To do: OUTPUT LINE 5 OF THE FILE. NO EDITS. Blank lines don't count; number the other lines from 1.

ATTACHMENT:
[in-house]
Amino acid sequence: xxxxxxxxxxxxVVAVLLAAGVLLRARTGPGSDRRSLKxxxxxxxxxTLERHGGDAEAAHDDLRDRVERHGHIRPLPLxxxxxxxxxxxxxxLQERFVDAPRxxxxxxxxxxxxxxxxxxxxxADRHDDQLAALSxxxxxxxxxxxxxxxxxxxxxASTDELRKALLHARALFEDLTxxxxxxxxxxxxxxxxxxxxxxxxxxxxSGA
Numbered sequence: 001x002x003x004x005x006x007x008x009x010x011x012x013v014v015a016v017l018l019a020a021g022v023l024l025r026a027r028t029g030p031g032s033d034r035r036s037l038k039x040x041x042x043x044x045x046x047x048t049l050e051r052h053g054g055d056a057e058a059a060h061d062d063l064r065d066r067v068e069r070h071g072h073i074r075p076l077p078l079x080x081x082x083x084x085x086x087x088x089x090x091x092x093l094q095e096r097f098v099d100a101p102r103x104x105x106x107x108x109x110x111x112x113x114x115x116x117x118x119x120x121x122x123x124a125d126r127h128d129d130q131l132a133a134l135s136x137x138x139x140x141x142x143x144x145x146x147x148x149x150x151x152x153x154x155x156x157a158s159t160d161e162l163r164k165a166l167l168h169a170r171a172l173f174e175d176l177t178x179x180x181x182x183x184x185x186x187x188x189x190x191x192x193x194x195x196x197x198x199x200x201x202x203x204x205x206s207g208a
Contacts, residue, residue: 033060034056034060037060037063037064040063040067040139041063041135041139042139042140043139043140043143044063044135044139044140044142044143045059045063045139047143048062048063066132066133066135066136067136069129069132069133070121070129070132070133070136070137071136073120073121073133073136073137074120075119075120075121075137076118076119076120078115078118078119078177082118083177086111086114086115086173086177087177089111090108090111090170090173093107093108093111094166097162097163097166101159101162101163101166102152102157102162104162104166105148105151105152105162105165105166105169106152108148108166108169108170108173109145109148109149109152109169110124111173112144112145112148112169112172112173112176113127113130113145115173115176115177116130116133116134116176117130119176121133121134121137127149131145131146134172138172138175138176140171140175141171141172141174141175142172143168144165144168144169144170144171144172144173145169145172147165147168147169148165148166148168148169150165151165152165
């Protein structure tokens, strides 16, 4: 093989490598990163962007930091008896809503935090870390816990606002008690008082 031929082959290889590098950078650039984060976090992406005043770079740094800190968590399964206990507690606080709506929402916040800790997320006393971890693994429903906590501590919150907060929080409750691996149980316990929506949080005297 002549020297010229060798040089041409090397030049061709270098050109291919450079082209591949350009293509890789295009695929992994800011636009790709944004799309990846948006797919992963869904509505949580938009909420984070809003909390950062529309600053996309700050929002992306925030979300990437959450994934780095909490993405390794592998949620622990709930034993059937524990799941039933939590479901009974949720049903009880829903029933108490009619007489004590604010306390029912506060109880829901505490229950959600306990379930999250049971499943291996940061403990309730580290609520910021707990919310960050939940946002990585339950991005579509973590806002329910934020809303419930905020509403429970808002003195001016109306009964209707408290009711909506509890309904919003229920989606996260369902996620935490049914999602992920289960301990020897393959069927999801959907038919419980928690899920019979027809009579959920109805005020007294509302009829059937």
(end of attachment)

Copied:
């Protein structure tokens, strides 16, 4: 093989490598990163962007930091008896809503935090870390816990606002008690008082 031929082959290889590098950078650039984060976090992406005043770079740094800190968590399964206990507690606080709506929402916040800790997320006393971890693994429903906590501590919150907060929080409750691996149980316990929506949080005297 002549020297010229060798040089041409090397030049061709270098050109291919450079082209591949350009293509890789295009695929992994800011636009790709944004799309990846948006797919992963869904509505949580938009909420984070809003909390950062529309600053996309700050929002992306925030979300990437959450994934780095909490993405390794592998949620622990709930034993059937524990799941039933939590479901009974949720049903009880829903029933108490009619007489004590604010306390029912506060109880829901505490229950959600306990379930999250049971499943291996940061403990309730580290609520910021707990919310960050939940946002990585339950991005579509973590806002329910934020809303419930905020509403429970808002003195001016109306009964209707408290009711909506509890309904919003229920989606996260369902996620935490049914999602992920289960301990020897393959069927999801959907038919419980928690899920019979027809009579959920109805005020007294509302009829059937």